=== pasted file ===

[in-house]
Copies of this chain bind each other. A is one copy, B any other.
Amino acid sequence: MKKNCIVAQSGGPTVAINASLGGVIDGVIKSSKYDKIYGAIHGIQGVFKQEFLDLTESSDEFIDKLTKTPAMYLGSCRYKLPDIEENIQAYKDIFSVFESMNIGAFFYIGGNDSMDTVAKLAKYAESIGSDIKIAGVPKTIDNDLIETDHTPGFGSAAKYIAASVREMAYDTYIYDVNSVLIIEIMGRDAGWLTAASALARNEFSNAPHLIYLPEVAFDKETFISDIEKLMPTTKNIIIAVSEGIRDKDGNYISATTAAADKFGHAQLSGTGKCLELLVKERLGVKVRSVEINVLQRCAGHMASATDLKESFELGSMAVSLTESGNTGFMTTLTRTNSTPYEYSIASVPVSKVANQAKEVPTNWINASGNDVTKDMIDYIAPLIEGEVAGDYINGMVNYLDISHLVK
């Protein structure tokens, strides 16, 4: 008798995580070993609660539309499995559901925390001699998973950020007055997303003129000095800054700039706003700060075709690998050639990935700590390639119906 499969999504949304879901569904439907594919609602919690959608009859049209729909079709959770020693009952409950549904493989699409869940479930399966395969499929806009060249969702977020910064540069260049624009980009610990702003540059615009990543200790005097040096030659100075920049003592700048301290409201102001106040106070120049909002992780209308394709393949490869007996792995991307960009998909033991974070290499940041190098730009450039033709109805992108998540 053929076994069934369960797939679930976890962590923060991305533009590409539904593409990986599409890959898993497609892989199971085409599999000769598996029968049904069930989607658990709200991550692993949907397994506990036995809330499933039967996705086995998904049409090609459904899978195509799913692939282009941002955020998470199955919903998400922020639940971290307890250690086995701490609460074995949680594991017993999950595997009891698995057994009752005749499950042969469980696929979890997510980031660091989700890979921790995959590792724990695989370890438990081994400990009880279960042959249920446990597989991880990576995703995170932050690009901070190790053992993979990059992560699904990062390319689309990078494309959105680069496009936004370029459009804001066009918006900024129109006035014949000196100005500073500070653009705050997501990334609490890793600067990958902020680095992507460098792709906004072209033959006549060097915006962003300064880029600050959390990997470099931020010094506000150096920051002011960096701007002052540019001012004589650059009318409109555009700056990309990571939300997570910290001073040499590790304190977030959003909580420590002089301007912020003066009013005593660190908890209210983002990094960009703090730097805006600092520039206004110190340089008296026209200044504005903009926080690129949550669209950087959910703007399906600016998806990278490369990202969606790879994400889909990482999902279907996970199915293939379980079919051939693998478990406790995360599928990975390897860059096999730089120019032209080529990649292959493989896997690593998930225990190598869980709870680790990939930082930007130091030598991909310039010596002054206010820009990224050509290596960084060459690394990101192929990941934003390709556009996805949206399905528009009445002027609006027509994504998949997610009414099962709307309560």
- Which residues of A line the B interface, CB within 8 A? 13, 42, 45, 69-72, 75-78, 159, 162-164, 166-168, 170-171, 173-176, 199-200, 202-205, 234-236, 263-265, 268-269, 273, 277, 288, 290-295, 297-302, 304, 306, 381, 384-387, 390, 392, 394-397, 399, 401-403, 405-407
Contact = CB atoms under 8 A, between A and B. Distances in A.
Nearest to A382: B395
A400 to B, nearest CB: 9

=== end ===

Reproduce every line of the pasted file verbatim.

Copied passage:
[in-house]
Copies of this chain bind each other. A is one copy, B any other.
Amino acid sequence: MKKNCIVAQSGGPTVAINASLGGVIDGVIKSSKYDKIYGAIHGIQGVFKQEFLDLTESSDEFIDKLTKTPAMYLGSCRYKLPDIEENIQAYKDIFSVFESMNIGAFFYIGGNDSMDTVAKLAKYAESIGSDIKIAGVPKTIDNDLIETDHTPGFGSAAKYIAASVREMAYDTYIYDVNSVLIIEIMGRDAGWLTAASALARNEFSNAPHLIYLPEVAFDKETFISDIEKLMPTTKNIIIAVSEGIRDKDGNYISATTAAADKFGHAQLSGTGKCLELLVKERLGVKVRSVEINVLQRCAGHMASATDLKESFELGSMAVSLTESGNTGFMTTLTRTNSTPYEYSIASVPVSKVANQAKEVPTNWINASGNDVTKDMIDYIAPLIEGEVAGDYINGMVNYLDISHLVK
């Protein structure tokens, strides 16, 4: 008798995580070993609660539309499995559901925390001699998973950020007055997303003129000095800054700039706003700060075709690998050639990935700590390639119906 499969999504949304879901569904439907594919609602919690959608009859049209729909079709959770020693009952409950549904493989699409869940479930399966395969499929806009060249969702977020910064540069260049624009980009610990702003540059615009990543200790005097040096030659100075920049003592700048301290409201102001106040106070120049909002992780209308394709393949490869007996792995991307960009998909033991974070290499940041190098730009450039033709109805992108998540 053929076994069934369960797939679930976890962590923060991305533009590409539904593409990986599409890959898993497609892989199971085409599999000769598996029968049904069930989607658990709200991550692993949907397994506990036995809330499933039967996705086995998904049409090609459904899978195509799913692939282009941002955020998470199955919903998400922020639940971290307890250690086995701490609460074995949680594991017993999950595997009891698995057994009752005749499950042969469980696929979890997510980031660091989700890979921790995959590792724990695989370890438990081994400990009880279960042959249920446990597989991880990576995703995170932050690009901070190790053992993979990059992560699904990062390319689309990078494309959105680069496009936004370029459009804001066009918006900024129109006035014949000196100005500073500070653009705050997501990334609490890793600067990958902020680095992507460098792709906004072209033959006549060097915006962003300064880029600050959390990997470099931020010094506000150096920051002011960096701007002052540019001012004589650059009318409109555009700056990309990571939300997570910290001073040499590790304190977030959003909580420590002089301007912020003066009013005593660190908890209210983002990094960009703090730097805006600092520039206004110190340089008296026209200044504005903009926080690129949550669209950087959910703007399906600016998806990278490369990202969606790879994400889909990482999902279907996970199915293939379980079919051939693998478990406790995360599928990975390897860059096999730089120019032209080529990649292959493989896997690593998930225990190598869980709870680790990939930082930007130091030598991909310039010596002054206010820009990224050509290596960084060459690394990101192929990941934003390709556009996805949206399905528009009445002027609006027509994504998949997610009414099962709307309560």
- Which residues of A line the B interface, CB within 8 A? 13, 42, 45, 69-72, 75-78, 159, 162-164, 166-168, 170-171, 173-176, 199-200, 202-205, 234-236, 263-265, 268-269, 273, 277, 288, 290-295, 297-302, 304, 306, 381, 384-387, 390, 392, 394-397, 399, 401-403, 405-407
Contact = CB atoms under 8 A, between A and B. Distances in A.
Nearest to A382: B395
A400 to B, nearest CB: 9